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Original Maroon 5 Drummer Ryan Dusick Felt ‘Misdirected Anger’ After Being Kicked Out of Band (Exclusive)

Ryan Dusick Headshot. Sq
Thought Leader: Ryan Dusick
July 13, 2023
Source: People

In 2006, Ryan Dusick’s world came crashing down when he learned that the band that he had helped create and worked with for 12 years at that point was kicking him out.

Dusick, a founding member and former drummer of Maroon 5 (formerly Kara’s Flowers), recounts that day in detail in his memoir Harder to Breathe: a Memoir of Making Maroon 5, Losing It All and Finding Recovery.

Much like the title, Dusick also recounts everything that led up to his exit, the subsequent addiction struggles and how he found purpose in his work as a therapist and sharing his story in hopes of healing others.

Dusick had seen his exit coming — he just couldn’t accept it. At the time, the band had achieved rock stardom after the release of Songs About Jane. They had sold 10 million copies, traveled the world and built a tremendous fan base, so the pressure was on to create a follow-up album. The only problem was, to sum it up, Dusick has developed the music “yips.”

In his memoir, he recalled how Adam Levine initiated the conversation with the rest of the band present: “Here it is, man. I’m worried . . . I’m really worried. I just don’t know what’s going on with you and your arm at this point, and I don’t think we can wait any longer to see if you can come back from whatever’s going on . . . We have an album to make.”

“I knew that this was how it was going to end, and that it was just a matter of time. It was just the elephant in the room that we weren’t really talking about, and we were going to try to get in the studio and make another album,” he says. “How in God’s name was I going to be able to do that? And even if I could, how could anyone trust that this wouldn’t happen again when we went out on the road?”

“I was 27, 28 years old when that happened. I had been in the band for 12 years at that point. These were my best friends and people that I had been in such a tight relationship for such a long time and dreaming these big dreams, and we were finally at this moment in our lives when it was all coming to fruition, so it was impossible to really deal with the loss of all of that. It wasn’t just losing a career. It was losing my whole identity,” he adds.

At the time, Dusick wished the band had “done more” to keep him involved in Maroon 5 and their lives: “I did hold onto some anger, resentment, some of which was warranted, but a lot of it was this misdirected anger. I was really angry at myself more than anyone.”

He managed to let it go, but says that it would “come back up” as “jealousy.”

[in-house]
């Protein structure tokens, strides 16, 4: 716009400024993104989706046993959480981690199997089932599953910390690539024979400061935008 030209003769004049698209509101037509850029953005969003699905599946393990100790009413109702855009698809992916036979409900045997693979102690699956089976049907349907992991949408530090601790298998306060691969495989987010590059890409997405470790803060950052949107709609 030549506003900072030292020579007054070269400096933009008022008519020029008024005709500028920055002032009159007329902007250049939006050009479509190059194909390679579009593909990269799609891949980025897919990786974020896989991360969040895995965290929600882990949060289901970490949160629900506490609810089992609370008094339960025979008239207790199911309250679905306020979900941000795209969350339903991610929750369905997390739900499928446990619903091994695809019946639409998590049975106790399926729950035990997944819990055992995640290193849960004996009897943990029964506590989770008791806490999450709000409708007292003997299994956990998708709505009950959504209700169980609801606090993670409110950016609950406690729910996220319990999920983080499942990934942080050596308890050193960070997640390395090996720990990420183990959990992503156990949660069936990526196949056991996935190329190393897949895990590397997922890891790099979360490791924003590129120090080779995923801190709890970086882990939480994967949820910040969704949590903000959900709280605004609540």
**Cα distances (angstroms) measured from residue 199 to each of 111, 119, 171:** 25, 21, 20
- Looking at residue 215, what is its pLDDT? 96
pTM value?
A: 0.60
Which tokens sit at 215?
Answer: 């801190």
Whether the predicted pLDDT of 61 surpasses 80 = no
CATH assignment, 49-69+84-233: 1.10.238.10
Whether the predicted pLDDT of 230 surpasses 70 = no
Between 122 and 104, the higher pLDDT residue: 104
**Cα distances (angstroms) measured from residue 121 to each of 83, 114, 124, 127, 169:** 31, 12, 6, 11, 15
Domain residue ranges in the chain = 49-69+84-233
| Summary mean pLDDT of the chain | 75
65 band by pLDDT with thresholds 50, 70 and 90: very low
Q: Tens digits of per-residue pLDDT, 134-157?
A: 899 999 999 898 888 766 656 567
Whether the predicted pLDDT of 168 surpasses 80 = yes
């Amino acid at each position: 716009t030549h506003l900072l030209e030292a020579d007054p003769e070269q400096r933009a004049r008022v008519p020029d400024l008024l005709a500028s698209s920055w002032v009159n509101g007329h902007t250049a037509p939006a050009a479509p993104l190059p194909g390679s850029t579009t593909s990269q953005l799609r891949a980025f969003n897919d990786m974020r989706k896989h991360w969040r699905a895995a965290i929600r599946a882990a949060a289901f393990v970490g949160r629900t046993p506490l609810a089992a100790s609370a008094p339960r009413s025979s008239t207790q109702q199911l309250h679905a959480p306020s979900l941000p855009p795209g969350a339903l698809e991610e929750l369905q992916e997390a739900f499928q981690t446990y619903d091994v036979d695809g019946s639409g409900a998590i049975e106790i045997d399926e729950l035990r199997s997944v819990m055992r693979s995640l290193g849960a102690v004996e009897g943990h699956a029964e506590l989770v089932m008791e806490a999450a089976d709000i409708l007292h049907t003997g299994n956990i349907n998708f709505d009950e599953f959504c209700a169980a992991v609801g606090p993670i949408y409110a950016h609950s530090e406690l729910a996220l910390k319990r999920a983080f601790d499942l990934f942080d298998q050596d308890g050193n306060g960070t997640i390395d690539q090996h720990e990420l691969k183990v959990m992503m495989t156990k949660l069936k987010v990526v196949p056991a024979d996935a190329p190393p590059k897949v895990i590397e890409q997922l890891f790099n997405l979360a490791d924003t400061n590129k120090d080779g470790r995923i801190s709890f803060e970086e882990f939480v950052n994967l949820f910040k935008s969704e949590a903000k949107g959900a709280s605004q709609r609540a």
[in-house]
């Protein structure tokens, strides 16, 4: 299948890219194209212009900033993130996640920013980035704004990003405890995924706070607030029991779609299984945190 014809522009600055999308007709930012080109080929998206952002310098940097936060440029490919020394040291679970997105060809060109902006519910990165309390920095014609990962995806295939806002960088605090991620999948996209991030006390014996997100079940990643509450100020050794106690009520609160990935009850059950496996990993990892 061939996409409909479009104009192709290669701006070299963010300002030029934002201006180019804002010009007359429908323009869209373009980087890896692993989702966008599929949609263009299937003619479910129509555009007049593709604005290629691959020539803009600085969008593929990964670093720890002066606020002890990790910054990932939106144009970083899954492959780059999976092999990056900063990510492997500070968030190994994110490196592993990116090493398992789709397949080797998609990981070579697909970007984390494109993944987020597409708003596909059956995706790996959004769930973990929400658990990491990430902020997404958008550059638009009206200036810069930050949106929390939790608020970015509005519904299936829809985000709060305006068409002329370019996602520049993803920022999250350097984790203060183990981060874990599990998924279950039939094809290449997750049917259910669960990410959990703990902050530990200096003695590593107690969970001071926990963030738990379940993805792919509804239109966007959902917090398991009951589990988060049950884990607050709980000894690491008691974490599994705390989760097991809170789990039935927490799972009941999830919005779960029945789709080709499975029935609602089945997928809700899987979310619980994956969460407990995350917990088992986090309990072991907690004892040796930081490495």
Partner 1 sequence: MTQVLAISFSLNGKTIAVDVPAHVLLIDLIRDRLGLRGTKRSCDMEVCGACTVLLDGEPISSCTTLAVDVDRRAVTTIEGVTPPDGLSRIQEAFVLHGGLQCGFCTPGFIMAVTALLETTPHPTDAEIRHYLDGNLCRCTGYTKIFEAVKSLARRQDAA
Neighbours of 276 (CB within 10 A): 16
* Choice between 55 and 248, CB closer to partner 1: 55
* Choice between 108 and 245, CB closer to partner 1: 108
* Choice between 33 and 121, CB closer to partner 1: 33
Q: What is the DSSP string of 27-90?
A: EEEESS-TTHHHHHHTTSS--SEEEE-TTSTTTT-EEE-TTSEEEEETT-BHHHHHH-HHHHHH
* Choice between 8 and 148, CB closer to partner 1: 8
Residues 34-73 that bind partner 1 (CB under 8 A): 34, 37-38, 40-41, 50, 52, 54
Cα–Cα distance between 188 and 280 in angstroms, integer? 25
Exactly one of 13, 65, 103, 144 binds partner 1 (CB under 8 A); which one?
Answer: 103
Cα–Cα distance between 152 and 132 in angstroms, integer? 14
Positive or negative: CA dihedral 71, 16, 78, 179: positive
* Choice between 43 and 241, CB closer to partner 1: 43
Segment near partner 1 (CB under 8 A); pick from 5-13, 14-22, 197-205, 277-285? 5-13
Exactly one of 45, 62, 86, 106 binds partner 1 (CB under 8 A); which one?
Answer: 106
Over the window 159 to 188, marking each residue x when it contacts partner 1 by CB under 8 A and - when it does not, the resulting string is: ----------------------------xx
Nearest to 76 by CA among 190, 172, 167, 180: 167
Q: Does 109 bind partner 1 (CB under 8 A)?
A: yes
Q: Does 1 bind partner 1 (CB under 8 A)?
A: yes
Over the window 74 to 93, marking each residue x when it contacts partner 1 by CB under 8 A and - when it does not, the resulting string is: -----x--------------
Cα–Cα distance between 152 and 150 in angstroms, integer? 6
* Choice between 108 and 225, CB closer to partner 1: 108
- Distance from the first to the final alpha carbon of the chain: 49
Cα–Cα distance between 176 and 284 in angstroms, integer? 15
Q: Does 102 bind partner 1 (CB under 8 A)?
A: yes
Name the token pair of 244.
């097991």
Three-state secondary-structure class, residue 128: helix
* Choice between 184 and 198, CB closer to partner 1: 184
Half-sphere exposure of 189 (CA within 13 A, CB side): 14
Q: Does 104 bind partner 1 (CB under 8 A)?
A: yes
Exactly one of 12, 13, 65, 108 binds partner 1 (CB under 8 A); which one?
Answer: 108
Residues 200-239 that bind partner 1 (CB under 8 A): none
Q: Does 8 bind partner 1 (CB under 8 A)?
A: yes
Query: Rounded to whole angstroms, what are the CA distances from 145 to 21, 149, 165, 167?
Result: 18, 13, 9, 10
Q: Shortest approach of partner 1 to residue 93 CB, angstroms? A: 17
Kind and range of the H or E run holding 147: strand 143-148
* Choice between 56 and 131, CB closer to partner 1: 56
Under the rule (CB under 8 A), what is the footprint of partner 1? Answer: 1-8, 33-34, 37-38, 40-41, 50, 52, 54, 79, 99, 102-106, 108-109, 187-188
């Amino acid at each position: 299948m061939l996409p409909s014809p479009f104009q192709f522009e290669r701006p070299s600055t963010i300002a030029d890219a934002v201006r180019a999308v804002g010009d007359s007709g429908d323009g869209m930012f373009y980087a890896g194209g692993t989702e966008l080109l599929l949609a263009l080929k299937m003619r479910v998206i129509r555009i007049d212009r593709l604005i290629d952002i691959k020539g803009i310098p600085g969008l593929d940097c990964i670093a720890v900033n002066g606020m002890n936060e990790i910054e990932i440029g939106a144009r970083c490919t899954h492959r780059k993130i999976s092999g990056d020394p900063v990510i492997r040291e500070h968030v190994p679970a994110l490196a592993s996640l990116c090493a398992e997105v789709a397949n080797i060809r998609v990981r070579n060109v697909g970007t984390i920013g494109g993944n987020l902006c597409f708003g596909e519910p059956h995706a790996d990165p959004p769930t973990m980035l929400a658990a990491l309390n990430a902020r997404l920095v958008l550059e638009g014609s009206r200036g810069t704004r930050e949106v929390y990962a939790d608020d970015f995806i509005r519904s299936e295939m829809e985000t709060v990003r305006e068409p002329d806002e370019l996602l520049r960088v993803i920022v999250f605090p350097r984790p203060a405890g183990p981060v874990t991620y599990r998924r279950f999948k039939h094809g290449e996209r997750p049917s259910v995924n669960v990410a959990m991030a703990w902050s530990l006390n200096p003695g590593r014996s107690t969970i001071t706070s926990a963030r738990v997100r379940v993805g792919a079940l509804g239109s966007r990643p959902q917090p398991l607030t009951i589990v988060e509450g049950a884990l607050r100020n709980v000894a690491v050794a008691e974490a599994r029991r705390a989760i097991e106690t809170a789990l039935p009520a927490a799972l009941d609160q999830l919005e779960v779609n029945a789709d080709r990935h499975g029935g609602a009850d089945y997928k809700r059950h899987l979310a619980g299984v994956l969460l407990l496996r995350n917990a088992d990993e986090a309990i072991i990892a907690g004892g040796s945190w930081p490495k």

“I was in my own still ego state, struggling with everything that I was. I would go to the shows when they were in town, and I would see them up on stage playing the songs that I helped create, and a different drummer playing my parts, and seeing the lifestyle that they were living, this glamorous lifestyle, the fruit of all of the hard work that I had done for over a decade. And of course, I think it would be impossible not to feel jealous, not to feel like, why them and not me?”

After his exit from the band, Dusick fell into alcohol addiction and substance abuse: “I went through all of the cycles that an addict goes through before I finally hit rock bottom,” he says.

Eventually, Dusick had “a series of humbling experiences” that led him to “a moment of clarity.” He sought out help and went to rehab, where he found “connection” and “community.” Since then, he has led his life with purpose which motivated him to further his education and become a therapist and coach. It also motivated him to write this book — and he’s been sober through all of it.

“It’s like each phase of my recovery, as long as I’ve been focused on that next thing, that feeling of purposefulness and meaning and fulfillment, everything else is pretty easy,” he says. “I haven’t had a craving for alcohol in probably seven years at this point. Why would I do that to myself?”

He’s also played the drums but not quite like he used to because that initial reaction to “put down the drumsticks” still exists: “I still have those wounds and there’s still a lot that I can do to work on.”

As for his relationship with the band, he’s “closest” with Levine: “No matter how much time passes when we do text or we do talk eventually or run into each other at a wedding or at a Maroon 5 concert or whatever, it’s like no time has passed.”

He attended his 40th birthday party and the first night of Maroon 5’s Las Vegas residency earlier this year. Looking back on his exit and how far they’ve come since, Dusick is “impressed” by his former bandmates and feels “proud” to have been a part of it.

“[In retrospect,] I realized that that was a process I had to go through. And once I found sobriety, and once I started recovery, not just from the alcoholism, but from all of the depression, from the loss and the anxiety that ensued, a lot of that stuff went away very quickly, and I was able to find just a place of gratitude, feeling grateful for what I got to be a part of for a long time.”

He adds, “And so, that was a much healthier place to be and to live in. And I don’t have any of those resentments at this point. It’s all love. They’re still my brothers in my heart, and I’m so grateful for just the experience that I had.”

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